When I want to stretch and strengthen my toes and feet simultaneously, I like to flow through variations of utkatasana that require strength and stabilization through the ankles, feet, and toes, but also require pliability in the toes and general lengthening throughout the foot muscles.
Feet. Boy do feet get ignored. I never realized this until I started going to therapeutic yoga and my teacher Marianne had us do toe exercises. We sat with knees bent and feet flat on the floor. The exercises started off simple, “Lift your big toe up and keep your little toes down,” and progressed often to strange places like, “Big toe down, little toe down, three middle toes up. Okay, big toe and little toe up, three middle toes down!”
Go ahead. I’ll wait while you try that. Oh, and breathe. Breathing is important.
Hard, isn’t it? Our toes, like our fingers, should be able to move independently of one another. But unlike our fingers, our toes are constantly wrapped up inside socks or shoes and rarely experience full sensation or range of motion. Marianne told us not be discouraged, because with consistent practice those neural pathways between the brain and toes could be re-awakened.
Yoga gets you back in touch with your feet and toes relatively quickly. Whether it’s hooking your big toe with the first two fingers and thumb in a balance, grabbing the soles of the feet for happy baby or cobbler’s pose, or shifting weight to/grounding through different parts of the foot, we tend to focus on feet a lot. That’s because every asana, pranayama, and meditation requires a solid base of support. In order to find the “easy comfortable seat” in practice, we must first be able to feel grounded.
When I want to stretch and strengthen my toes and feet simultaneously, I like to flow through variations of utkatasana (awkward pose / chair pose) that require strength and stabilization through the ankles, feet, and toes, but also require pliability in the toes and general lengthening of the foot muscles. Try the sequence below, flowing through it three times.
If you have trouble with the balance, do the sequence with a wall behind you. Not only will it assist balance, it will also help you find the perfect alignment for a nice, straight spine throughout. You can also try the sequence with feet flat on the floor to learn the breathing cues before adding the tip-toes.
Cues for the breath are below the video.
Inhale, and come high up on the toes and bring the arms up parallel to the floor.
As you exhale, slowly begin to sit down on the tops of the toes, keeping the spine long and upright. Press the heels forward, bringing more weight toward the first and second toe to keep the ankles or heels from splaying outward.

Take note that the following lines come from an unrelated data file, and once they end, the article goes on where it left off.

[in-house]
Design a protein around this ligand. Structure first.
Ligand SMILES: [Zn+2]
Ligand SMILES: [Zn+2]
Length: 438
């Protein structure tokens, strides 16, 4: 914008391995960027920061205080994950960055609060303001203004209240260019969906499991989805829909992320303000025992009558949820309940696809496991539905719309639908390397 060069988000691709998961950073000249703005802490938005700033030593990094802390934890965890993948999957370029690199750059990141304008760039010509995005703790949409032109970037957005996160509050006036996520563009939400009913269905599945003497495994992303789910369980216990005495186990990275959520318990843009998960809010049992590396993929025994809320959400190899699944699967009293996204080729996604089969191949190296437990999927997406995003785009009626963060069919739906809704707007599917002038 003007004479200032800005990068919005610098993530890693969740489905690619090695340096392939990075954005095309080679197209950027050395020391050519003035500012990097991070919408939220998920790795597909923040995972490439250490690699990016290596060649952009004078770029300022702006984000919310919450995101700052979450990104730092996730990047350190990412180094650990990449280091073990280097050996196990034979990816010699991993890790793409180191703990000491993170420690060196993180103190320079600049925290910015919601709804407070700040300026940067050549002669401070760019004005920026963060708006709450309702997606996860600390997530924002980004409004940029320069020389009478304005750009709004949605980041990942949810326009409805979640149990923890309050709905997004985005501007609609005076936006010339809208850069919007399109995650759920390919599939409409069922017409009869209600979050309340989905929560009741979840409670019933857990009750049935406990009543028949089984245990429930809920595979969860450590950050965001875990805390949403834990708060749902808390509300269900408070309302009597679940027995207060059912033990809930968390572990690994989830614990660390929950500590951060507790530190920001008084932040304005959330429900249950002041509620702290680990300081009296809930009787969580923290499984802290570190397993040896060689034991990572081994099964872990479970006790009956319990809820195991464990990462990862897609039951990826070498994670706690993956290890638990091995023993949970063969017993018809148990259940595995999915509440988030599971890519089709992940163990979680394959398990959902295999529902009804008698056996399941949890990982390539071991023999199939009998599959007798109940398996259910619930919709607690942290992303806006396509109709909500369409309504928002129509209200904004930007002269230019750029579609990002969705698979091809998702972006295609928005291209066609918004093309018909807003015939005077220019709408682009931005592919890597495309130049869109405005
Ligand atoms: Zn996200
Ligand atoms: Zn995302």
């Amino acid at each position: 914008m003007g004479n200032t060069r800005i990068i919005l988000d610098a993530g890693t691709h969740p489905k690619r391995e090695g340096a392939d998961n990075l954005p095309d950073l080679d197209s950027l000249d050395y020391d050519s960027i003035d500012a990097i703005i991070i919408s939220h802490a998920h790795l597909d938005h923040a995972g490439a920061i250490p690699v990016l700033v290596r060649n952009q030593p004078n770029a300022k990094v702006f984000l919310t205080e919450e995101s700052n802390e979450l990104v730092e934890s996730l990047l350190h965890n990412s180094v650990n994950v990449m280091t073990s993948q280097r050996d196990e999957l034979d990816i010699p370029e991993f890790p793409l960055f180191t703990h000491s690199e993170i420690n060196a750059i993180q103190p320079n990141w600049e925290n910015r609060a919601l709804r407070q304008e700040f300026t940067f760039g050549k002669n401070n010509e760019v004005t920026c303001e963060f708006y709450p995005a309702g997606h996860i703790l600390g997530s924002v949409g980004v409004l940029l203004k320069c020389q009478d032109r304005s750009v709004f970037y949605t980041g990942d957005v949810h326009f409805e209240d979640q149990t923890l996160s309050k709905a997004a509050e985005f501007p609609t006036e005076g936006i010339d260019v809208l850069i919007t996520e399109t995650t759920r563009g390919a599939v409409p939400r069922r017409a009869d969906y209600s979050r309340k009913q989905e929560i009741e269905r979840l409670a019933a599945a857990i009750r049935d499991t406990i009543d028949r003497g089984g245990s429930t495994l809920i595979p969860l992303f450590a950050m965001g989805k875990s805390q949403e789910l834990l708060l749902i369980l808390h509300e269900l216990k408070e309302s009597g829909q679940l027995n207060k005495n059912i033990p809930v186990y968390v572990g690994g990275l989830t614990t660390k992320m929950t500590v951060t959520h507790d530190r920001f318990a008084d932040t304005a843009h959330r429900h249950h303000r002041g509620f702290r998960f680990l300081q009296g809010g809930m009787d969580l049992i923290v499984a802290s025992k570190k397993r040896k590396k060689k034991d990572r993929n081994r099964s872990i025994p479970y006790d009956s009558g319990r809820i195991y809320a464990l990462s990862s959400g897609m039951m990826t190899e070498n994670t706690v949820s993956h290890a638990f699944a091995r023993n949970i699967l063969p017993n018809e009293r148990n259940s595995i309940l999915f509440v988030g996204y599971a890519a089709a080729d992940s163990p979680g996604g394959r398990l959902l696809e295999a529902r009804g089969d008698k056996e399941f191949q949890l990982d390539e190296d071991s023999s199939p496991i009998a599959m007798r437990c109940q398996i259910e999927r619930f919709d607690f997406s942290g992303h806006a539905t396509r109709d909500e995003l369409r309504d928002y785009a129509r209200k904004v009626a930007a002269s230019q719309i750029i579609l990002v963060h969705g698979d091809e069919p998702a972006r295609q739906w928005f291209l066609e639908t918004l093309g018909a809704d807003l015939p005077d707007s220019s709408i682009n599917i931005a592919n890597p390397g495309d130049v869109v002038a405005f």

Engage the inner thigh muscles and pull the navel back toward the spine. Take a full inhale. On the exhale, slowly begin to hinge at the hips until the torso comes into line with the hips.
Keep sinking the hips low, pushing the heels forward, and drawing the lower abdominals in. Bring the arms alongside the body with palms facing down, or interlace hands behind the back and lift them up on an inhale for a shoulder stretch.
To release, inhale and slowly hinge back up from the hips, engaging the core through the heels, inner thighs, and abdominal muscles. Return the arms to the parallel position. Hold the upright pose through the exhale.
Inhale, and come high up on the toes with straight legs, and exhale to release to tadasana (mountain pose).
The keys to working through this sequence from the bottom up are:
Ground all of the toes. Really feel as if you are “plugging in” to the ground.
Press the heels forward firmly throughout and let the toes bend.
Engage the inner thighs (as if you were squeezing a ball or block between the legs) to keep the legs in line with the hips and feet.
Pull in the lower abdominals and draw the navel back toward the spine.
Lengthen through the spine. Traction from tailbone all the way through the crown of the head.
Broaden the back and retract the shoulder blades to keep an open chest and lots of space for your even breaths in and out of the nose.
Squeeze all five fingers together. It might seem silly, but this forces the arms to engage all the way through the finger tips and stabilizes their position.
Breathe evenly. The steadier the breath, the steadier the balance.
Steady your gaze. In the upright position, the gaze is ahead. As you fold, slowly shift the gaze to a point on the floor between your toes.
Above all, have fun! It’s just practice and play.
Try more utkatasana variations and standing poses with me at Hot Hatha Detox on Mondays at 10 am, or Hot Hatha Classic on Wednesdays at 6 am and Fridays at 4:15 pm at Mind Your Body Oasis.